You find its easier to part with jewelry than seashells, you let go of silver earrings tarnished and tangled with beaded necklaces in an old wooden wine box that you decide to keep because you've always had a thing for wooden boxes. And shells. And rocks.
You find a photo album with ultrasound pictures from the day you learned, 18 weeks into your pregnancy, that your first child would be a boy, the day you learned your cervix was opening, a risk to the boy you had yet to imagine, the day you learned "slow down" meant lying down for days on end in hopes gravity would keep him safe.
You find the album alongside your incomplete wedding album, the one you started working on during your days in bed, when the only time you were allowed to leave the house was for subsequent ultrasounds, the black and white photos tucked neatly behind the plastic sleeves continue for a few pages, six weeks of appointments, till...
Pages as bare as the nursery you thought you'd have more time to finish, the rest of the album as empty as your arms on the day Elias was born.
You find a gift certificate to Lucky Wishbone for half-off a jumbo cheeseburger and soft drink dated 2/10/04, eight days after your son was born at 24 weeks with an APGAR score of zero, a stroke at birth, no breath, machines keeping your baby boy alive-- and you know why you didn't crave cooked beef from the classic 5th Avenue burger joint back then, during your first weeks in the NICU, but wonder why you held onto the half-ass gift card for so long, over twelve years. You take a picture and recycle it.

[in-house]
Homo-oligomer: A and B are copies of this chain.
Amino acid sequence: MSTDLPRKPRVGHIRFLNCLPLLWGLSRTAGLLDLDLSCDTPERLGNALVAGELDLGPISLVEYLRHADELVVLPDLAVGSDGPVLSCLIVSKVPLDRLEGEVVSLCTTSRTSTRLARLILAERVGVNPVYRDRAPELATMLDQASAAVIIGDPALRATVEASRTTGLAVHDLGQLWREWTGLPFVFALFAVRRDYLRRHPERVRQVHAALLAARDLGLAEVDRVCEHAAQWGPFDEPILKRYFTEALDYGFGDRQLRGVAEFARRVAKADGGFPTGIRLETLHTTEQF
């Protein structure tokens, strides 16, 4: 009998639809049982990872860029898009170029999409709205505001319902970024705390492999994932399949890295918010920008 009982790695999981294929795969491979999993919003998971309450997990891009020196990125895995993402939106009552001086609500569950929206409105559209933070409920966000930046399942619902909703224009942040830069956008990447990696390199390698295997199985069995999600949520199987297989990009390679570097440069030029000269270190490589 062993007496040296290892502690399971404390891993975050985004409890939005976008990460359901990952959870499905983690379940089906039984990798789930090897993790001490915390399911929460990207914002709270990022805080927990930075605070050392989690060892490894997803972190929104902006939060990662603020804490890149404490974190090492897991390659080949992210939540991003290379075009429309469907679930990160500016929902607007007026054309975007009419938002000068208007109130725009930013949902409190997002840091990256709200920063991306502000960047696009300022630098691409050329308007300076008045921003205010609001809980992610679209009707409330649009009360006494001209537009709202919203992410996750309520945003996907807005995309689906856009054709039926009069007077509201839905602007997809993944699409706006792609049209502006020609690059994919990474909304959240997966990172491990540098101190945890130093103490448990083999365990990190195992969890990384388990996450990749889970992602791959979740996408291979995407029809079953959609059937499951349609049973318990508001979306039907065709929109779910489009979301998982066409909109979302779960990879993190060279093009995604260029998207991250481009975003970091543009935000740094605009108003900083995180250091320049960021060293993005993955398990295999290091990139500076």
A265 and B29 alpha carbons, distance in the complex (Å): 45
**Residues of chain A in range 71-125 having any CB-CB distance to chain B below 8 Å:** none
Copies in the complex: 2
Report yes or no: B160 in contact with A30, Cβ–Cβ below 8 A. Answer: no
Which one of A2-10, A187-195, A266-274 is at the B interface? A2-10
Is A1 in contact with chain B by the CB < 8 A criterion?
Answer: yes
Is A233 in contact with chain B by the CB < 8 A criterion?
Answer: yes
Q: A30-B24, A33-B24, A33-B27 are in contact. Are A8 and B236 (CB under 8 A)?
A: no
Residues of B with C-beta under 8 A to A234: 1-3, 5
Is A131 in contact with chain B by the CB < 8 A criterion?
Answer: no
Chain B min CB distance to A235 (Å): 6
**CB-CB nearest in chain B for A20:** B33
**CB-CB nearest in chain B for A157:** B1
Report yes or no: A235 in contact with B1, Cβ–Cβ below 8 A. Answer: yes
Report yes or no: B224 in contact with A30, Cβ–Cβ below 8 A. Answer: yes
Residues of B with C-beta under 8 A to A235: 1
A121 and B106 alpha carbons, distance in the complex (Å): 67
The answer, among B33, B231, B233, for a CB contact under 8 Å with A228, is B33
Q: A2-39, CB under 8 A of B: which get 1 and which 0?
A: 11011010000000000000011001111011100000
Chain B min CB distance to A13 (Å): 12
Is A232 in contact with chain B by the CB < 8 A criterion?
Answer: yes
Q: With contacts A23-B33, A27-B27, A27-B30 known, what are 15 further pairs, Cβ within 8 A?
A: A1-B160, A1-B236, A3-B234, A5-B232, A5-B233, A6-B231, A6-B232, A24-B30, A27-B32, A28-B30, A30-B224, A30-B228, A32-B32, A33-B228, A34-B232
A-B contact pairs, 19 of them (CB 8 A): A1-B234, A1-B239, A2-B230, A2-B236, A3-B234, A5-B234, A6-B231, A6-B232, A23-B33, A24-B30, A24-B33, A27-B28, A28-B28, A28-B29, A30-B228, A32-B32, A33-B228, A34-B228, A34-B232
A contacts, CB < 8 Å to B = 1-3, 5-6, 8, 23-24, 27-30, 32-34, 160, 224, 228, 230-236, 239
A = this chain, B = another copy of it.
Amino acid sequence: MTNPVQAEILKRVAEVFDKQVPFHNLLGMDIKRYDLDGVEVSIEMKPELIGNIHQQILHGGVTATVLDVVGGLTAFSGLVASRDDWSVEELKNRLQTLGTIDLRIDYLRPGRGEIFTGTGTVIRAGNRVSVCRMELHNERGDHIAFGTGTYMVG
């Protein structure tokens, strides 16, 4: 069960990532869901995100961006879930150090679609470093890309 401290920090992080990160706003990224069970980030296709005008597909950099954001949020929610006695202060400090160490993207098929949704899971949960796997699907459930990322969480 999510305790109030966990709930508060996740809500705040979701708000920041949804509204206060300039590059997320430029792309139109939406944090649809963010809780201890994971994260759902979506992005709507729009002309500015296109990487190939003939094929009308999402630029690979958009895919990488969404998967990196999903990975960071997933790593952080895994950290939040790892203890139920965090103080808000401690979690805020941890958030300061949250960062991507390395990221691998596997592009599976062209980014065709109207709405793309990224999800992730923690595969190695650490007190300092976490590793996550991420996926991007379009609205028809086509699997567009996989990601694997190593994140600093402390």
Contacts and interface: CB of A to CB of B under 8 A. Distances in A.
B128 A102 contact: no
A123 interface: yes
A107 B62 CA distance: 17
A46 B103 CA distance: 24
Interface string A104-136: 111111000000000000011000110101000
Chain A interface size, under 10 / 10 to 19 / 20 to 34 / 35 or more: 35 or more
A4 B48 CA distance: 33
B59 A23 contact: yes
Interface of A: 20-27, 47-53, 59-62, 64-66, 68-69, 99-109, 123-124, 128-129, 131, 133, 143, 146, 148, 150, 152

You find your time for writing limited, despite holding more ideas in your mind than the previous months combined, and so you tuck your stories into your wooden boxes, alongside your striped stones and oyster shells, your heart shaped rocks and moon snails, you pack your thoughts up for fall, folding metaphors and reflections alongside tablecloths and dresses, and imagine yourself dropping your kids at school at the end of August and heading to the Seward library that looks out over Resurrection bay, or to ResArt, a historic church turned coffee house, with your laptop and notebook, and the image of mornings, instead of late nights, spent writing and reading makes the sorting and packing of all this stuff somehow worth it.
You find it emotionally draining to hold all these relics, new and old, past and present, to turn them over in your hands and ponder: Keep or give away? Toss or donate? Store for later or hold out for now?
You find yourself walking around Seward feeling hopeful about the place you will soon call home. You find yourself walking around Airport Heights feeling wistful about the place you have called home.
You find yourself wanting to just lie down, amidst all the boxes, to pick up your book and fall into someone else's life for awhile. Or to take a moment to write and reflect instead of deciding and packing.
And so you do.